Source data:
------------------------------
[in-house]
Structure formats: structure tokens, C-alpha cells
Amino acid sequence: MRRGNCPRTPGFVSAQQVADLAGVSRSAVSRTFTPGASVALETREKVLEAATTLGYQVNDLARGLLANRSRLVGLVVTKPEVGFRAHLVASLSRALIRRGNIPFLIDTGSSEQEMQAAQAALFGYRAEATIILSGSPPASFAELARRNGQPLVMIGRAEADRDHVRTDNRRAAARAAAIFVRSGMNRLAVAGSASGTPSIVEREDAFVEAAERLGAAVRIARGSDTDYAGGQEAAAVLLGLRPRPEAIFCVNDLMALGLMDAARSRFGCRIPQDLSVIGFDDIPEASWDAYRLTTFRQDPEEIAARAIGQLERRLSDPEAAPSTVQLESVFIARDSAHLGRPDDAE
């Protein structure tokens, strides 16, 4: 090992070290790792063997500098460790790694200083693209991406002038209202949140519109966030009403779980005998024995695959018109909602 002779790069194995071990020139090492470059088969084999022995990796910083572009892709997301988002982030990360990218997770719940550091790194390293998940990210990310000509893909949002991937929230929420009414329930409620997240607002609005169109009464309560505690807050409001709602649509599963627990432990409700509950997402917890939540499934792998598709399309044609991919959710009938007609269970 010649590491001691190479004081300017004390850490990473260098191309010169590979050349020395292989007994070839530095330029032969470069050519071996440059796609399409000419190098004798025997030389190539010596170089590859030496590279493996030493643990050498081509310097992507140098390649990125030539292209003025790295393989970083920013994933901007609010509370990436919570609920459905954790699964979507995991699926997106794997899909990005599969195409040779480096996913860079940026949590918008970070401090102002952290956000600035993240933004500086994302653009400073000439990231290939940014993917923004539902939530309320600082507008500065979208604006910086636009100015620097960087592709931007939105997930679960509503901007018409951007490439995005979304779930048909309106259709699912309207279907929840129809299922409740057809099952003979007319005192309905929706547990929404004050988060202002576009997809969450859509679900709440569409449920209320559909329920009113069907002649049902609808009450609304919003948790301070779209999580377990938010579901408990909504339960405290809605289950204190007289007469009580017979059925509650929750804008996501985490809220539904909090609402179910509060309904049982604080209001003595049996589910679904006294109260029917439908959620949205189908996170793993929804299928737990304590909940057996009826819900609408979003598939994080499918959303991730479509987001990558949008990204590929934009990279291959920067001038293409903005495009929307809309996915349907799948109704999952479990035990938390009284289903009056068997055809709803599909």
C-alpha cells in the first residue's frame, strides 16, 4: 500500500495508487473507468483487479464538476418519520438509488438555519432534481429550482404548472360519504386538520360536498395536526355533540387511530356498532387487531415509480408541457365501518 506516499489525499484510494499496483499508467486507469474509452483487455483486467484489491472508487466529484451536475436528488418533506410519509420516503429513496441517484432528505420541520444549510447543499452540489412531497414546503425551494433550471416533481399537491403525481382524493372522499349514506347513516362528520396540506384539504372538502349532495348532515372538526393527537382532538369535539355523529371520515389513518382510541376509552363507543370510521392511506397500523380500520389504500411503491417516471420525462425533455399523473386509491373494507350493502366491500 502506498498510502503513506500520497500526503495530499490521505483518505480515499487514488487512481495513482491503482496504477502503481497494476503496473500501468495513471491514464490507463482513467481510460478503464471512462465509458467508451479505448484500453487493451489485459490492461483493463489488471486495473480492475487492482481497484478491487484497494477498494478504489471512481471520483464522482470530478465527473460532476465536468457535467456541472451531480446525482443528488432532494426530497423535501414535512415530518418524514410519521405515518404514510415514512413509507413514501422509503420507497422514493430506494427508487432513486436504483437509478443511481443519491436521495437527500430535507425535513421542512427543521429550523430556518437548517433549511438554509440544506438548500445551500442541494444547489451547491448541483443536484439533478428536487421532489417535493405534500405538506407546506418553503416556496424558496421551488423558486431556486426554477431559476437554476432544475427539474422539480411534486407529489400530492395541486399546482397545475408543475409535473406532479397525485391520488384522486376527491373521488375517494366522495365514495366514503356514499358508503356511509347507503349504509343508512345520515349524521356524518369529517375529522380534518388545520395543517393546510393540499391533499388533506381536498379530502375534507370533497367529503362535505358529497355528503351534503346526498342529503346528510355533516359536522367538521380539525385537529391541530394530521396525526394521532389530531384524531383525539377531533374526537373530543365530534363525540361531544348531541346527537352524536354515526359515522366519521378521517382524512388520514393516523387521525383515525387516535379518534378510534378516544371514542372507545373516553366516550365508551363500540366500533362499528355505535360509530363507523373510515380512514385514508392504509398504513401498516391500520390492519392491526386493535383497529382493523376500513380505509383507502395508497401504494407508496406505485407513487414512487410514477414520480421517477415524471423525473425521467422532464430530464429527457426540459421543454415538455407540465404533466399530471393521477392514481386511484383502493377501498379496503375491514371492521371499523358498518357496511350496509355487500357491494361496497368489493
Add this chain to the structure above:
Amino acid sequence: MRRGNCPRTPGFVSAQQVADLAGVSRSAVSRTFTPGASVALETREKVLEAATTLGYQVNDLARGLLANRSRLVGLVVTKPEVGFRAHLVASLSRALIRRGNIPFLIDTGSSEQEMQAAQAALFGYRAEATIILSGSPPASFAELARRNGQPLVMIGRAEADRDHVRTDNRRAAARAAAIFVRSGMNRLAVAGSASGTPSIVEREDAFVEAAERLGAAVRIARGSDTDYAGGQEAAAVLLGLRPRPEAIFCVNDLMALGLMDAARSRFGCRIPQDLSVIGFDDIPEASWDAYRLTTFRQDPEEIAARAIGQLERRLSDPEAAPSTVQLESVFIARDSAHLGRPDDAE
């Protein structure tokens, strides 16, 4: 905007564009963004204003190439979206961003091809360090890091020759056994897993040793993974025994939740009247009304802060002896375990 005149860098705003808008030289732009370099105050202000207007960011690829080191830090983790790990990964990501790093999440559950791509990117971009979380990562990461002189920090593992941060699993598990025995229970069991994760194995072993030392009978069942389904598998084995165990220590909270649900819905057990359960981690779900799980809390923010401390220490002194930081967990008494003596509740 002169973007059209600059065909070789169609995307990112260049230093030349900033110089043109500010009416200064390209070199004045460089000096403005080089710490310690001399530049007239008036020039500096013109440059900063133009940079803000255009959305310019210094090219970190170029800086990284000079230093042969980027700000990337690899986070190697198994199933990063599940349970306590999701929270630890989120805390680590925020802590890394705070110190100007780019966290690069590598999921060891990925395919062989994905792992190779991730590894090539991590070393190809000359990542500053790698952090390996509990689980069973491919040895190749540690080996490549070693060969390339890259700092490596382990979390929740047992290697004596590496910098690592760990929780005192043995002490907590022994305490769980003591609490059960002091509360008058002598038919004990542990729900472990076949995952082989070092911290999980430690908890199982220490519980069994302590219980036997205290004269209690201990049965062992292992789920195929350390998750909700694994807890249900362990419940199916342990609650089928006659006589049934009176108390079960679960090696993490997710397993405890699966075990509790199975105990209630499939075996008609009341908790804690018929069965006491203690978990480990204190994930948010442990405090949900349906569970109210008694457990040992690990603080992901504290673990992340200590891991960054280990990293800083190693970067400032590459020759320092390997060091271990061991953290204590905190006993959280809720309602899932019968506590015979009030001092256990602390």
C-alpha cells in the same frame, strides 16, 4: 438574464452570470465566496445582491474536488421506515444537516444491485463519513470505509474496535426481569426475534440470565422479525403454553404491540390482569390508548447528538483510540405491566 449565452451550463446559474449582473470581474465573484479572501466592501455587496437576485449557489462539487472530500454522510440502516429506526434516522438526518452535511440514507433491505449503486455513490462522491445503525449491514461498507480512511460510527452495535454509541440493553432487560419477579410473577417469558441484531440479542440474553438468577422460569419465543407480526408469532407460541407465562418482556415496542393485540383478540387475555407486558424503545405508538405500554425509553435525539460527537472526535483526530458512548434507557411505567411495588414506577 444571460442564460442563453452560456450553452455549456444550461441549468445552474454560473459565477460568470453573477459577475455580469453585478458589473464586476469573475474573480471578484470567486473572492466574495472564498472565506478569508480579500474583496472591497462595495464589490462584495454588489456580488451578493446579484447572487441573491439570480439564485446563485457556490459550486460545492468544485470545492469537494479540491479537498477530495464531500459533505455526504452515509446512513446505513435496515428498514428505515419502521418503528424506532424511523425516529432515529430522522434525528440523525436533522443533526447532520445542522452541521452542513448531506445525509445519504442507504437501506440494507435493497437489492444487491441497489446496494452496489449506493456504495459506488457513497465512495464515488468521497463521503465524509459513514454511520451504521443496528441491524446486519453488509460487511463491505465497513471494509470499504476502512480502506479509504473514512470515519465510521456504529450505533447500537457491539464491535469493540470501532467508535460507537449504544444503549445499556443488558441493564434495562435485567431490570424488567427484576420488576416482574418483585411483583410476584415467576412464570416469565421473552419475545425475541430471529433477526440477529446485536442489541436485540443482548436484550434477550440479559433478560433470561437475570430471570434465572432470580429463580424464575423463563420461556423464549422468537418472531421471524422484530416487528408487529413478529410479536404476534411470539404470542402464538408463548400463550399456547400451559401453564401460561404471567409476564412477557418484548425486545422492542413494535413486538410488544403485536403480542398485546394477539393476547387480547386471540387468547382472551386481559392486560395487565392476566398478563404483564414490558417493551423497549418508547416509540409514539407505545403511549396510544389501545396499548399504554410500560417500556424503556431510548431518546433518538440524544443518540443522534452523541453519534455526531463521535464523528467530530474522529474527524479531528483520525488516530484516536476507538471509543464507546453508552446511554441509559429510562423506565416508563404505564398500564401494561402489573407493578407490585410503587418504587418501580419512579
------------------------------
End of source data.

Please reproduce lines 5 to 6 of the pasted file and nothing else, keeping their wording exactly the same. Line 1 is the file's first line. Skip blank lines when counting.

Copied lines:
C-alpha cells in the first residue's frame, strides 16, 4: 500500500495508487473507468483487479464538476418519520438509488438555519432534481429550482404548472360519504386538520360536498395536526355533540387511530356498532387487531415509480408541457365501518 506516499489525499484510494499496483499508467486507469474509452483487455483486467484489491472508487466529484451536475436528488418533506410519509420516503429513496441517484432528505420541520444549510447543499452540489412531497414546503425551494433550471416533481399537491403525481382524493372522499349514506347513516362528520396540506384539504372538502349532495348532515372538526393527537382532538369535539355523529371520515389513518382510541376509552363507543370510521392511506397500523380500520389504500411503491417516471420525462425533455399523473386509491373494507350493502366491500 502506498498510502503513506500520497500526503495530499490521505483518505480515499487514488487512481495513482491503482496504477502503481497494476503496473500501468495513471491514464490507463482513467481510460478503464471512462465509458467508451479505448484500453487493451489485459490492461483493463489488471486495473480492475487492482481497484478491487484497494477498494478504489471512481471520483464522482470530478465527473460532476465536468457535467456541472451531480446525482443528488432532494426530497423535501414535512415530518418524514410519521405515518404514510415514512413509507413514501422509503420507497422514493430506494427508487432513486436504483437509478443511481443519491436521495437527500430535507425535513421542512427543521429550523430556518437548517433549511438554509440544506438548500445551500442541494444547489451547491448541483443536484439533478428536487421532489417535493405534500405538506407546506418553503416556496424558496421551488423558486431556486426554477431559476437554476432544475427539474422539480411534486407529489400530492395541486399546482397545475408543475409535473406532479397525485391520488384522486376527491373521488375517494366522495365514495366514503356514499358508503356511509347507503349504509343508512345520515349524521356524518369529517375529522380534518388545520395543517393546510393540499391533499388533506381536498379530502375534507370533497367529503362535505358529497355528503351534503346526498342529503346528510355533516359536522367538521380539525385537529391541530394530521396525526394521532389530531384524531383525539377531533374526537373530543365530534363525540361531544348531541346527537352524536354515526359515522366519521378521517382524512388520514393516523387521525383515525387516535379518534378510534378516544371514542372507545373516553366516550365508551363500540366500533362499528355505535360509530363507523373510515380512514385514508392504509398504513401498516391500520390492519392491526386493535383497529382493523376500513380505509383507502395508497401504494407508496406505485407513487414512487410514477414520480421517477415524471423525473425521467422532464430530464429527457426540459421543454415538455407540465404533466399530471393521477392514481386511484383502493377501498379496503375491514371492521371499523358498518357496511350496509355487500357491494361496497368489493
Add this chain to the structure above: